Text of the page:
See the clause which follows, as regards sweetened Rum. Every degree of strength above the strength of proof, is equivalent to one per centum (or one Gallon in every 100) increase of measure;-as for example,-200 Gallons of Rum denoted by the Hydrometer to be 7 degrees above the strength of proof, would be charged thus,-200 Gallons of Rum and 14 Gallons over proof, making 214 Gallons for duty, at 9s. per Gallon. If the actual strength should exceed the strength denoted by the Hydrometer by 5 degrees, the additional charge contemplated by this Section for two of those degrees (deducting three degrees for colouring matter) should be stated thus:-four Gallons excessive strength at 10s. per Gallon.

If the Merchant should think proper to make the entry on his own responsibility, and the Officers should find upon trial that the strengths have not been correctly stated, the Rum will be liable to forfeiture, under the 18th Section of the Act 6 Geo. IV. c. 107. as goods not properly entered. But if the Officers are satisfied with the strength entered, no trial beyond that of the Hydrometer will take place.

SPIRITS, continued.

Rum, the produce of the British Plantations, must be imported in casks, containing not less than 20 gallons or in cases containImport

ing not less than 3 dozen reputed quart bottles, under pe- Package. nalty of forfeiture. *-6 Geo. IV. c. 107. But Rum in casks capable of containing 20 gallons, may be admitted to entry on payment of the proper duties, upon the officers being satisfied, by an inspection of the casks, that the deficiency has been wholly occasioned by absorption or leakage, and not by abstraction,-Min. Com. Cus., 24 March, 1831. Rum in bonded warehouses may be drawn off into casks, containing not less than 20 gallons each, as stores for ships, and may be delivered into the charge of the searcher, to be shipped Rum as stores as stores for any ship without entry or payment of duty, for ships. the same being duly borne upon the victualling bill of such ships respectively.-6 Geo. IV. c. 112.

Rum, remains of stores from India, &c., may be admitted to entry at the low duty, on declaration that it is part of the quantity taken out, and inserted in the Victualling Bill.-Min.Com. Cus., on application of N. Glass, 10 Feb. 1830.

Remains of

Stores.

Delivery of
Rum, accord-

The indulgence of charging the duty on Rum (taken out of the warehouses for home consumption), according to the actual strength and measure at the time of delivery thereof, is extended to the 5th of April, 1833.-Treas. Order, 26 April, 1832.+

ing to strength

and measure.

Newcastle or

Removal of
Rum from

Bonded Warehouses to North Shields, to be shipped as

stores.

Rum may be removed from the Bonded Warehouses at London to North Shields, for the purpose of being there shipped as stores only, on board outward bound vessels ; the rum so intended to be removed to be filled up to the full contents previous to removal, and the parties subjected to the payment of the duties on all deficiencies which may be ascertained on the arrival of the rum at North Shields, and upon bond being given, as in the case of the removal of warehoused goods generally.-Min. Com. Cus. 3 Jan. 1831. Rum in bonded warehouses may also be drawn off into reputed quart, or reputed pint bottles, and packed in cases containing not less than 3 dozen such quart, or 6 dozen such pint bottles each, for the purpose of being exported from the warehouse-6 Geo. IV. c. 112. § 30.

Bottling Rum for exporta

tion.

On applications referring to a former order allowing the admixture of Rums of different strengths for exportation, and praying that the Rum remaining in the Vats after the operation of racking might be admitted for Home Consumption :-The Board

See Note at the bottom of page 155.

Rum remain

ing in Vats after racking

This order has been continued from year to year since 1824, but by Minute dated 8 Dec. 1831, the Commissioners of Customs declared that this Order did not extend to Rum deposited in Warehouses of special security, but that Rum so warehoused was to be subject to the regulations contained in the Treas. Order of the 20th May, 1830. See page 156.-The Treasury Order alluded to has been incorporated with the 44th, 45th, and 46th sections of the Act 2 and 3 Wm. IV. c. 84. See note under the head of Spirits generally, in page 155.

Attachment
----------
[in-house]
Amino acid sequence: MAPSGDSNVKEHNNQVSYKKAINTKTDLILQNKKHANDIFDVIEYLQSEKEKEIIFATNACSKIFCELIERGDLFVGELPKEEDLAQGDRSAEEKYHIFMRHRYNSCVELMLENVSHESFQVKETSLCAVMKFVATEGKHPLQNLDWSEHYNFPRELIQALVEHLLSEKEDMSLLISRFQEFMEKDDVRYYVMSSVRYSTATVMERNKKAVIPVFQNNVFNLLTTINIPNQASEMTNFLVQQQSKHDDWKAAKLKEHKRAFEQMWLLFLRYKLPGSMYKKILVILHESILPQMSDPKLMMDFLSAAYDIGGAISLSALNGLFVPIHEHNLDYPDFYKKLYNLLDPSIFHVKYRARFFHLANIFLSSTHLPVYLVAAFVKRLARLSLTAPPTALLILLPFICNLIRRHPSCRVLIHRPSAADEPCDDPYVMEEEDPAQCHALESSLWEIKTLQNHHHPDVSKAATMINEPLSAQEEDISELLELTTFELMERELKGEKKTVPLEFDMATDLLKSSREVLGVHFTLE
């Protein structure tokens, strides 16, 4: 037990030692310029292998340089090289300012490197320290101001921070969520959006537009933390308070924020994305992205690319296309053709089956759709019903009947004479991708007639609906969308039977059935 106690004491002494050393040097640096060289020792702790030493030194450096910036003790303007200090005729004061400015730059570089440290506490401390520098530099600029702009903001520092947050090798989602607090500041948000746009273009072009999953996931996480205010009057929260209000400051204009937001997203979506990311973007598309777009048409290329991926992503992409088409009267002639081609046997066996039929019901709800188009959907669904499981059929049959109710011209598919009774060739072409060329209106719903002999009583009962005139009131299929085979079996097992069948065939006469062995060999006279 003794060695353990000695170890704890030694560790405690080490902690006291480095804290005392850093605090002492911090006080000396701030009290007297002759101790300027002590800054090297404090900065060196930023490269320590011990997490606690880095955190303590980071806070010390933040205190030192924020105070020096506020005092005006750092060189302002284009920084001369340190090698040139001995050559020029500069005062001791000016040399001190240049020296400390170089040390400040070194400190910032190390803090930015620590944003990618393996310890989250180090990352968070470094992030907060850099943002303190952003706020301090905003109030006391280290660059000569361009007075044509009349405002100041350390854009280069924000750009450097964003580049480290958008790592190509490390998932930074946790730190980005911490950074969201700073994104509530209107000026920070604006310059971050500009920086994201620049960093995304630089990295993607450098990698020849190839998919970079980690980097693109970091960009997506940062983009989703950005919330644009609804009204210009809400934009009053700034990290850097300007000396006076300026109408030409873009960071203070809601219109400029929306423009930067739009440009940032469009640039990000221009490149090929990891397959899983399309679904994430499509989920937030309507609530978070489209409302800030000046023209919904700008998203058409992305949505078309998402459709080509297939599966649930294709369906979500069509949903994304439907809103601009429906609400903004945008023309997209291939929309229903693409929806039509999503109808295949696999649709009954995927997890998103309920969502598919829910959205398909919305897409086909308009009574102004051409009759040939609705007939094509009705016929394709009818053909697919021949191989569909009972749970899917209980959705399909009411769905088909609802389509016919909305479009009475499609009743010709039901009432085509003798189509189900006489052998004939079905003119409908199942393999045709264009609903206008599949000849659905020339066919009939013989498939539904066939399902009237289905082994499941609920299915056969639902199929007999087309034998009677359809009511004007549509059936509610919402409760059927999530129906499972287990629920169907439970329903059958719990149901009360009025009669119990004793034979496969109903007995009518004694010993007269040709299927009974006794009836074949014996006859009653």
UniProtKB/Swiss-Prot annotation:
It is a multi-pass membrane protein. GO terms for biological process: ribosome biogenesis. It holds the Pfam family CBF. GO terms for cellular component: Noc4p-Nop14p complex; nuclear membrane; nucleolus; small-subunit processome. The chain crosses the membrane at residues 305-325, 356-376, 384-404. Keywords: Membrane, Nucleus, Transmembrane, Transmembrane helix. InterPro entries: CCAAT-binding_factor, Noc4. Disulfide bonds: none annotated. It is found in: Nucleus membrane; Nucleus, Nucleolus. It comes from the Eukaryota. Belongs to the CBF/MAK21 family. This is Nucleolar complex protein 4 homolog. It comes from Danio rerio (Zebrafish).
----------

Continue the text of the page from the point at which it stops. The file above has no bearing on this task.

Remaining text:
H

SPIRITS, continued.

tion.

for exporta. were of opinion that the request might be complied with to the extent of an ullage of 20 gallons, the legal quantity allowed to be exported, and that the duty should be paid according to the strength at the time of delivery of the said Rum*.-Min. Com. Cus. 27 Sep. 1827. See also "Spirits or Strong Waters generally."

BRANDY AND GENEVA.

Packages, containing 3 dozen reputed quart bottles of Geneva or Brandy, may be removed from Guernsey to a warehousing port in Importations England, to be bonded for exportation only, upon the parfrom Guernties giving security for the due delivery of such packages sey for ex. portation. into the charge of the proper officers of the Customs for that purpose.-Treas. Order, 11th July, 1828.

Importations of Brandy in casks of 10 gallons each, for exportation

only.

As a special indulgence, Brandy will be allowed to be imported from France in casks of 10 gallons each, for exportation only, at a port approved for the warehousing of spirits, on permission in each case having been obtained from the Commissioners of Customs, and security by bond given by the parties, for the due importation, and warehousing for exportation, of the number of casks specified in the application, on board a certain vessel to be named by the parties, such vessel being a square-rigged vessel, or a vessel of 70 tons' burden or upwards; the spirits to be accompanied by a Consular certificate, specifying the marks and numbers of the packages, which must not contain less than 10 gallons each; the goods to be re-shipped and re-exported to foreign parts within three months from the date of importation, under the like security and regulations as bonded goods generally.-Treas. Order, 15 Oct. 1831.

European Brandy.

Brandy, the produce or manufacture of Europe, may not be imported into the United Kingdom, to be used therein, except in British Ships, or in Ships of the country of which it is the produce, or in Ships of the country from which it is imported, on forfeiture thereof, and 1007. by the Master of the Ship.-6 Geo. IV. c. 109.

The Lords of his Majesty's Treasury have authorised the exportation of Exportation Brandy to Mexico, Chili, or Peru, in casks containing not less than 15 imperial gallons each, for the convenience of transport into the interior of those countries.-Treas. Order, 17 Dec. 1827.

of Brandy to Mexico, Chili,

and Peru.

Brandy and Hollands may be bottled in the bonded warehouses for exExportation portation to the British possessions in the East Indies, of Brandy and under the same conditions as Wine and Rum.-Treas. Hollandstothe Order, 10 May, 1827. See also "Spirits or Strong Waters

East Indies.

generally."

The Board have, by minute of the 11th May, 1829, allowed the removal under the regulations of the Warehousing Act, for exportation only, of Rums allowed to be mixed at the Port of London, by starting into vats and on being racked into fresh casks in the bonded warehouses.